Source: IPCC, 2014: Climate Change 2014: Synthesis Report. Contribution of Working Groups I, II and III to the Fifth Assessment Report of the Intergovernmental Panel on Climate Change
Since the Industrial Revolution, mankind has started to heavily interfere with the natural carbon cycle by extracting and burning increasingly larger amounts of fossil fuels. This has led to release huge amounts of CO2 in the atmosphere at an unprecedented rate, causing climate change. The recently established Paris Agreement sets the goal of limiting the rise in the average global temperature to 2 degrees by 2100. If global carbon emissions continue to grow as they have in the last decade, it is projected that the 2 degrees carbon budget will be spent by 2035.
Carbon capture, storage and utilisation is regarded as one of the key technologies to reduce CO2 emissions. Adoption of this technology on a large scale depends on its efficiency and economic viability, demanding the constant development of new materials able to combine excellent performances with long-term stability and affordability. Large point sources, such as coal- or gas-fired power plants and industrial facilities, are responsible for about half of the global CO2 emissions and generate concentrated CO2 streams, Carbon capture from these sources is easier than from thin air and can greatly contribute to reach the target set by the Paris Agreement.
Metal-organic frameworks (MOFs) are crystalline and highly porous coordination polymers built from the connection of metal ions or clusters and organic linkers. They offer virtually unlimited possibilities of customisation of their crystal structure and physical-chemical properties. This is an extremely attractive feature for application in several fields, including gas sorption/separation. MOFs display high CO2 adsorption capacity and selectivity and have attracted interest as potential sorbents for carbon capture. However, most of them suffer from stability issues that have so far hindered their application in industrial contexts.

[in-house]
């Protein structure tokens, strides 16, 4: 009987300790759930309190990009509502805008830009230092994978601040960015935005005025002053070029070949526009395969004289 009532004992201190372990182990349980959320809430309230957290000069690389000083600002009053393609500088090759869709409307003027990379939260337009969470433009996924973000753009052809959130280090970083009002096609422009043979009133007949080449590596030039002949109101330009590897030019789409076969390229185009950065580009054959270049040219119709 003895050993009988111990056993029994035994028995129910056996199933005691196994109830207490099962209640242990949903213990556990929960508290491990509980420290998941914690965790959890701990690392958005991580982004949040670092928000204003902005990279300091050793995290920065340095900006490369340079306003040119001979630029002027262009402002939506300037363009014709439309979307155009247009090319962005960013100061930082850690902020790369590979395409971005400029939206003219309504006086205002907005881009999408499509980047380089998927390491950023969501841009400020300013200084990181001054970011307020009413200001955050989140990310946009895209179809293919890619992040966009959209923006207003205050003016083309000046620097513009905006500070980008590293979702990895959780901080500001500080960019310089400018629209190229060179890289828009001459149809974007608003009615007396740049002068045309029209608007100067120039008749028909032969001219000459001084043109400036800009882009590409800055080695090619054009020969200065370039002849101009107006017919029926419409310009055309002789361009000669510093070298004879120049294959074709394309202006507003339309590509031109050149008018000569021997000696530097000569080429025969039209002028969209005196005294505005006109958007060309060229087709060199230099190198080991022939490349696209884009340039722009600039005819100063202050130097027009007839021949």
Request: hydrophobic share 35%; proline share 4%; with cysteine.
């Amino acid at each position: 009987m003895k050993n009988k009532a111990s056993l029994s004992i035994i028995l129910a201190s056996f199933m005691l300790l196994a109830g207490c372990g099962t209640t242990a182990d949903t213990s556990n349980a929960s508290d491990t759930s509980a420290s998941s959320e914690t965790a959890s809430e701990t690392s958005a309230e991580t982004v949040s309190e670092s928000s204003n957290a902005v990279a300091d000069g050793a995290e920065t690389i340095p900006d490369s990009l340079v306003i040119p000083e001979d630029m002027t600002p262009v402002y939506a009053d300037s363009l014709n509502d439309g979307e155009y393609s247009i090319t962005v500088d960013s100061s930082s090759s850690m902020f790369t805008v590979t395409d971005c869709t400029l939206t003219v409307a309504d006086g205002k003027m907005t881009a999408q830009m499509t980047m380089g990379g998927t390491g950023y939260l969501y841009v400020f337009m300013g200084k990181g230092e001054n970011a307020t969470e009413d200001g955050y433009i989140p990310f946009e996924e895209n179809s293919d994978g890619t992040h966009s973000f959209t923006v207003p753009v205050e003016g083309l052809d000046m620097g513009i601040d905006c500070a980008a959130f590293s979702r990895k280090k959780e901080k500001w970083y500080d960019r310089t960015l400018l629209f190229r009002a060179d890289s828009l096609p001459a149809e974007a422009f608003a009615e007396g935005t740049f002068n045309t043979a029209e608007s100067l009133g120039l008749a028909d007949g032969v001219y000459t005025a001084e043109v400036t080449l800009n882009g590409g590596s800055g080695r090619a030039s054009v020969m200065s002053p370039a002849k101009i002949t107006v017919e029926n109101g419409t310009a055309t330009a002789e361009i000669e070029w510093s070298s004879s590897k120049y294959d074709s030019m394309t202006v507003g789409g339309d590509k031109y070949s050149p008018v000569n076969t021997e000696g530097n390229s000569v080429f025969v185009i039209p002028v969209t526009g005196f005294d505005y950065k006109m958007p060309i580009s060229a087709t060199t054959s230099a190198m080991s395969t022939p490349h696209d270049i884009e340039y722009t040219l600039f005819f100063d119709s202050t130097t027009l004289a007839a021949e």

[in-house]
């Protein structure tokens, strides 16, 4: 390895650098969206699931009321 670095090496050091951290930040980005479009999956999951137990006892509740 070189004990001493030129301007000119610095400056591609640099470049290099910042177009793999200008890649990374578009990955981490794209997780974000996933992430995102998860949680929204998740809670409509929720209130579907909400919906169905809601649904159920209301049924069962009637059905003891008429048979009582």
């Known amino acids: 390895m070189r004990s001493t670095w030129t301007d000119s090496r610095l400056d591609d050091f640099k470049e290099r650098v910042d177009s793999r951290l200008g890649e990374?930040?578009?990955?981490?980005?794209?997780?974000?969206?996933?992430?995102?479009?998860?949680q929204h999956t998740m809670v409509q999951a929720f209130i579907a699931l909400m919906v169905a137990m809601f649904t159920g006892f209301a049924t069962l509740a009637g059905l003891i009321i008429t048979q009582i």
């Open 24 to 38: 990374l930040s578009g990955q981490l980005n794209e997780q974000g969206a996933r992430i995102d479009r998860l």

Zirconium-based MOFs (Zr-MOFs) are a subclass of MOFs known for their remarkable stability, especially in the presence of water. It was recently discovered that Zr-MOFs can contain large amounts of structural defects without suffering from significant loss of stability and that defects are reactive sites towards exchange of terminal groups. The goal is to take advantage of the dynamic nature of defects in Zr-MOFs to introduce functional groups of various natures, allowing to explore a chemical variety that is non accessible through classical functionalisation routes that involve modification of the organic linkers.
Most MOFs are based on carboxylates as organic linkers, whereas use of phosphonate linkers for construction of MOFs is not yet well established, due to synthetic and crystallographic challenges. However, the excellent robustness of metal phosphonates represents a significant advantage, if compared to conventional carboxylate-based MOFs, for practical applications and this fact alone makes metal phosphonates an attractive class of materials. The primary goal is to develop new phosphonate-based MOFs using linkers with high rigidity and non-linear shape. More recently, interest is also directed at "rediscovering" known metal phosphonates as sorbents for CO2 capture.
MOFs with highly polar fluorine atoms exposed in the pores are known to display enhanced affinity for CO2, thanks to favourable interactions between the Lewis basic fluorines and the Lewis acidic carbon in CO2. Using perfluorinated analogues of common organic linkers is likely to produce perfluorinated versions of known frameworks and to obtain better sorbents for CO2 capture. In addition, perfluorinated MOFs can display high hydrophobicity and maintain their CO2 capture performance also in humid conditions. The recent discovery of a perfluorinated Ce-based MOF with MIL-140A topology that displays excellent CO2 capture properties kickstarted our research in this area, which is currently expanding in several directions.